Part One | Part Two
She sat on the steps that preceded the throne. Night encroached, a darkness imposing despite the fervent glow of lit torches. Her garb spoke of a warrior, with leather greaves and a chestplate made of the same. Steel-tipped boots tapped the marble floor, a measure of impatience in the beat. She tied her locks into a neat tail fastened with a blade held at an angle. A bow and quiver lay at her side.
Slowly she let out a sigh.
“I hold no good fortune to those who make me wait,” she whispered to the empty hall. As if the universe had an answer for her frustration, the hall doors groaned open. In its wake stood two figures, man and woman. They bowed in greeting and walked in synchronized step toward Wierna.
The man had a mess of silver hair, his polychromatic eyes unblinking as he stared ahead. He donned no combat gear and instead sought a simple white tunic embellished in gold trim. A head shorter than he, his partner had long white hair, and her eyes shone a bright blue, so much so that they seemed aglow from a light within. She too appeared dressed down for the occasion and bore a similar assemblage, though the trim was a deepened ruby.
Wierna frowned at the sight of them. “Are we not here to form a war pact?”
The man smiled. “I am Naimirth. This is my soul-born, Urila. We are here on behalf of our people and to tell you that we reject your proposal of an alliance. At the very least, under these trying circumstances.”
His voice poured like honey, sweet and pleasurable to the ear, but the words themselves only poisoned that impression. Wierna glared, nostrils flared ever so slight. She rose. Her fists clenched.
“You mean to tell me you’ve wasted hours to arrive, well into the night and late as is, only to say that you are to die in your cowardice?” said Wierna. Barely a whisper, but inflamed with all her anger. “Where are your spines? Did these bandits collect them, then?”
“These are not your ordinary cadre of pillaging fools, your ladyship,” chimed in Urila. Her voice was small and had litte strength to project further than a few paces. Wierna bent closer to hear. “They are much more than appearances would suggest.”
“If you carry on as is,” continued Naimirth. “Then you will surely die. And your house burned to ash.” He said those last as if they were fact, a prophecy engraved in stone. There was no ill-will in his voice. That as much sent Wierna’s heart into a frenzy.
Her initial rage simmered. “Who are they?”
Urila answered. “A cult, of a kind. A kind whose nest you ought not be kicking. These hangings must end. You must cease your hunt.”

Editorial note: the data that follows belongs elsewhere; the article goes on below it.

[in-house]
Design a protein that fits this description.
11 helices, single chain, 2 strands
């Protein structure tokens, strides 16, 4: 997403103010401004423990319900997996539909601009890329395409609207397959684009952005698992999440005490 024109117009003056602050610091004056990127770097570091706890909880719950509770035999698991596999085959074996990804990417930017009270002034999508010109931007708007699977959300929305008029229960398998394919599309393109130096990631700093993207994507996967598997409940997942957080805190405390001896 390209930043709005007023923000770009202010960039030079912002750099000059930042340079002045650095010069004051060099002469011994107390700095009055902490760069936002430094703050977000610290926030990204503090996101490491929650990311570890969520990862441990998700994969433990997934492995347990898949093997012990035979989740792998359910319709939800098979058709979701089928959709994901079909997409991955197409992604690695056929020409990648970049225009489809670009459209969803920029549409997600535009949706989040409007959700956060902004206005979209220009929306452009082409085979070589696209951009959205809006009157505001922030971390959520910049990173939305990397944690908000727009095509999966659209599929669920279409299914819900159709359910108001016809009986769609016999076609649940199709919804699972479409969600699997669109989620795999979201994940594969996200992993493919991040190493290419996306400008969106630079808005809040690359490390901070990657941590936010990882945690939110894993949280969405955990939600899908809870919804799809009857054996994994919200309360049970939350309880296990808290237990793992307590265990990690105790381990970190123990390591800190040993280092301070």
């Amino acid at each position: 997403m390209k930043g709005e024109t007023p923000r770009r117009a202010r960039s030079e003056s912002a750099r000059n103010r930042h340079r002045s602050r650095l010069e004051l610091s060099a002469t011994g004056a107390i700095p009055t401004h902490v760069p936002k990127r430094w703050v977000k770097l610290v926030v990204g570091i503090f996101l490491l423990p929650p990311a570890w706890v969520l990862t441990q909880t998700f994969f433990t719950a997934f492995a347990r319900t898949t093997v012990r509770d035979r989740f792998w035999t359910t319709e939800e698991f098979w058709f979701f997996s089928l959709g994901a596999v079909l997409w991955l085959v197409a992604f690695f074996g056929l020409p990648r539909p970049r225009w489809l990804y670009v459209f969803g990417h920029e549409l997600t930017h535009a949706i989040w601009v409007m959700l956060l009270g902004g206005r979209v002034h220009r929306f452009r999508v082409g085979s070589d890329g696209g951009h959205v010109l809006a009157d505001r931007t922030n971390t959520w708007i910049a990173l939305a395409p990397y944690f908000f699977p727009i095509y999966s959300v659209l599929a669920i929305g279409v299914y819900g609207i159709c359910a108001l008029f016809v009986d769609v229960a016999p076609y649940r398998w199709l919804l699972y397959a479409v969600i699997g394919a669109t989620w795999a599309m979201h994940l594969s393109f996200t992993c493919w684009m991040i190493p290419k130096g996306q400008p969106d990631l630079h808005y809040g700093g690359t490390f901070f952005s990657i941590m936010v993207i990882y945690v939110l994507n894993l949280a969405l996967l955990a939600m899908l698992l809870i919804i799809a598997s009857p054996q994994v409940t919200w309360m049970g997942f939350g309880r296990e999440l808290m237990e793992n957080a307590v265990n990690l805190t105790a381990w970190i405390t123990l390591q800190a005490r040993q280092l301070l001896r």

“And if I refuse?”
“Then may your soul carry on. Farewell, Lady Wierna of the House of Credence.” At that, they bowed low and left her to her own devices.
Eqira journeyed through the dense wood. Her warhorse kept at a steady plod, his head bobbing to and fro. As evening descended and a fog wreathed among the trees, she continued to whistle her tunes.
“Strange environment. Arid flatlands, a forest in the midst of it all, and now a fog? Hmm, yes, must be, Gerder.” She scratched her steed behind the ears. “A rather intricate spell meant to keep this place hidden. Seems my runes allowed me to see the ruse. Should we press on? I don’t see why not, old friend. After all, we are here for a purpose, aren’t we? That madman Eloean breathes down our necks as we speak. Many centuries, much lost to this chase…” Her voice trailed off, lessened by the regret that now held her.
“Worry not. The plan must adapt.”
The further she traveled, the fog thickened, and she led Gerder blind, trusting him to make his own corrections. “Believe in yourself, dear friend,” she muttered near his left ear. After a bit, Gerder slowed his pace and stopped altogether. Eqira wrinkled her nose and raised both brows.
“Curious. There’s a fort up ahead.”
The faintest outline of grey stone pierced through the fog-riddled veil. She licked her forefinger and pressed it against the air, feeling the soft breeze pass through.
“Hardy any soul-breath. Wonder how they were able to conceal themselves with so little power to draw upon, and unwilling as well. Curiosity deepens. Carry on.”
Eloean twirled the blade between his fingers. He walked without haste along a bridge made of stardust, sparkling in the forever dark. Bits like falling dirt crumbled from the bridge and fell away until their light snuffed out. Far ahead, a swirling pool awaited his arrival, to cross the Eternal Void and into Cascadia. But the road was long and would take a few days at most.
A cold breathed into him, iced his bones and frosted his every exhale. Those not soul-born felt the chill of the Crossing. He grit his teeth. A detour, then. He veered right and the Void path changed in accordance to his will.
“Be patient, dear Eqira. I am coming.”